I had a really tough time with emotions when I was younger. My experience of emotion was that they were intense, deep, unpredictable, uncontrollable even.I picked up a bunch of lessons along the path of my maturity. One of them is that my emotions are important messages. They are feedback, information about how I am responding to my experience.
Frustration, a particularly tough one for me, taught me an important lesson - to be creative. And here's how they connected for me.
There' an old adage, "if at first you don't succeed, try, try again." As much as this may help with persistence, say, in learning to ride a bike, it teaches nothing about how to go about learning, or what will make the next time different. And that's something I didn't realize early on -that persistence isn't enough. You can't just get back on the bike and do the same exact thing. You have to do something different, to try a different approach, a different balance, shifting weight differently, coordinating legs and hips, and so forth.Then, when you hit the right way, it still takes persistence to practice and master. But to succeed, one must already be on the correct path. Only then is persistence the road to achievement.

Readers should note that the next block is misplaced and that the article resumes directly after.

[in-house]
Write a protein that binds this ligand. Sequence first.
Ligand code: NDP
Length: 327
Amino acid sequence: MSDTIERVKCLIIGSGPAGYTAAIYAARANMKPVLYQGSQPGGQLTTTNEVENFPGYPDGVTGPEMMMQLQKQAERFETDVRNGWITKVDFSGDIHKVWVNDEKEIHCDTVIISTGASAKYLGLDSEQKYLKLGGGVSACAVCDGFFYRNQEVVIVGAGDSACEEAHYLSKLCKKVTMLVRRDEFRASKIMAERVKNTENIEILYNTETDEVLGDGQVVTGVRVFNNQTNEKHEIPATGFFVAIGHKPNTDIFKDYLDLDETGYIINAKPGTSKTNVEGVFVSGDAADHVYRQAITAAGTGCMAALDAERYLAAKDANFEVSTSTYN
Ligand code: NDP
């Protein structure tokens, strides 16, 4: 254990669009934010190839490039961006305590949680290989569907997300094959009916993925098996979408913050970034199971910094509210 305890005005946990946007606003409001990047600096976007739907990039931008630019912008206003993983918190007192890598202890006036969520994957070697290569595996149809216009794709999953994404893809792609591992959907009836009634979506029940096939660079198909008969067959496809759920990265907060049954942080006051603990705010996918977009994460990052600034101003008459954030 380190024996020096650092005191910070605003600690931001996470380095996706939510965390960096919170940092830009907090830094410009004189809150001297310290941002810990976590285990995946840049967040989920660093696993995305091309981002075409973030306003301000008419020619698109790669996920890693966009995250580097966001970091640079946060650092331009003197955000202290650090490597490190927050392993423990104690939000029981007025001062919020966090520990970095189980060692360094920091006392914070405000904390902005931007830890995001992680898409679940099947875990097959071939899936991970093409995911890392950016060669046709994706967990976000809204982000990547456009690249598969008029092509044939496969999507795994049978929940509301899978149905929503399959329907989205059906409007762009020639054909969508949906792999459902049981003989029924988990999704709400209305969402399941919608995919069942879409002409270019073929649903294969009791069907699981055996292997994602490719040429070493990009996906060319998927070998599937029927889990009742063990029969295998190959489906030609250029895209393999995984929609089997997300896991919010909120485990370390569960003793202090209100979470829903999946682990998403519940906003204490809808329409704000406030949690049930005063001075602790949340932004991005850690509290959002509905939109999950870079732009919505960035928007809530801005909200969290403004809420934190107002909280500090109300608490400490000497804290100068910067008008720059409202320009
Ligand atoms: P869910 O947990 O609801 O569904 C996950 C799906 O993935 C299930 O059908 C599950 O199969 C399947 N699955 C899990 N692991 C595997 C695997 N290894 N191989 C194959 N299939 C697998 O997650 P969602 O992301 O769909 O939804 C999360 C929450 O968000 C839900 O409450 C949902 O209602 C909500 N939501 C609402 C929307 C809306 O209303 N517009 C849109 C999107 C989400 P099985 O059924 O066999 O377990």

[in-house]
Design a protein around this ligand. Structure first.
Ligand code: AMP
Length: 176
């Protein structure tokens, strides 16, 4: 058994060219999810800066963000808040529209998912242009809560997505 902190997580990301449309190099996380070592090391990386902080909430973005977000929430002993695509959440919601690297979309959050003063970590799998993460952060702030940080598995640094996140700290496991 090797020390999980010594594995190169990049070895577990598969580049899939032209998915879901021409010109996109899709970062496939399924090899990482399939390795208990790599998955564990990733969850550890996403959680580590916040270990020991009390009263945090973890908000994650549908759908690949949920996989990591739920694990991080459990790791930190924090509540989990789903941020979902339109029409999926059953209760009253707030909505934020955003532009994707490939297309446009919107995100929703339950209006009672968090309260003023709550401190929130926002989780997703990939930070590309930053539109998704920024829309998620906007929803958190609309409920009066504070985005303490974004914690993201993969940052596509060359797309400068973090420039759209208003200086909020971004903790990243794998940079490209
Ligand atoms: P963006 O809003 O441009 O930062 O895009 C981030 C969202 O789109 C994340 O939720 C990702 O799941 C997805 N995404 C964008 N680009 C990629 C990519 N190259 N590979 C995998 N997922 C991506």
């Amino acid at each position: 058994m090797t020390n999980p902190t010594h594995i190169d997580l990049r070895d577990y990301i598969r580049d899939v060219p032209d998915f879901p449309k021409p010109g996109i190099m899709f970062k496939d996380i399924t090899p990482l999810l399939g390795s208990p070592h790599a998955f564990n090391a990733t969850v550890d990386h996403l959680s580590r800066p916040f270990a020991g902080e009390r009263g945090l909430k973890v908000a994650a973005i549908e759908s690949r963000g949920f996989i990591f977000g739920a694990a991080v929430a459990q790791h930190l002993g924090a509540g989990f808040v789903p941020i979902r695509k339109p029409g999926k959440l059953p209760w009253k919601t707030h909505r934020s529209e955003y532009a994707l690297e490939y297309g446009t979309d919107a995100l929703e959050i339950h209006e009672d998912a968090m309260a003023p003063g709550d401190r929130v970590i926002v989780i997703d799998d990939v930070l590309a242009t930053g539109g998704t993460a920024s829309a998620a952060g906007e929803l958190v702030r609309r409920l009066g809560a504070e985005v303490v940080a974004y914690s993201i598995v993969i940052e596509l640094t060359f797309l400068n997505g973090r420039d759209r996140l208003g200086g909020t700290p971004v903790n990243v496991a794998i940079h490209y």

If someone climbed onto a bike and tried to stay upright without pedaling, they will very likely fall. If they got up, climbed on the bike again and did the same, they'd very likely fall again. Of course with something so simple, we figure it makes perfect sense, of course they should start pedaling, or balance differently, or some other variation!
Somehow, with more complex tasks, we end up doing just that. The same thing over and over again, expecting different results. Einstein called it insanity. I learned that's what frustration is. When I'm doing something a particular way, expecting certain results, but not getting what I want the way I'm trying to do it.
From a logical standpoint, there are two options: change the approach, or change the expectations! It's definitely not easy to change our expectations, particularly since we don't usually consider changing what we want.
The other option is to take a different approach, angle, vector, what have you. To shake it up, do something different. But again, particularly when "it's the way things are done," we don't usually consider the method as mutable. But that's the essence of creativity. So I learned to be creative.
Another great example of this is, perhaps, learning disabilities. For someone with a learning disability, they simply cannot get the desired result a particular way -they don't learn through a particular modality. The most effective way for an individual with a learning disability to absorb information is to pick a different modality, to be creative and find another path to the answer.
Nowadays, I'm thinking it might be just as important to learn how to change (some of) my expectations.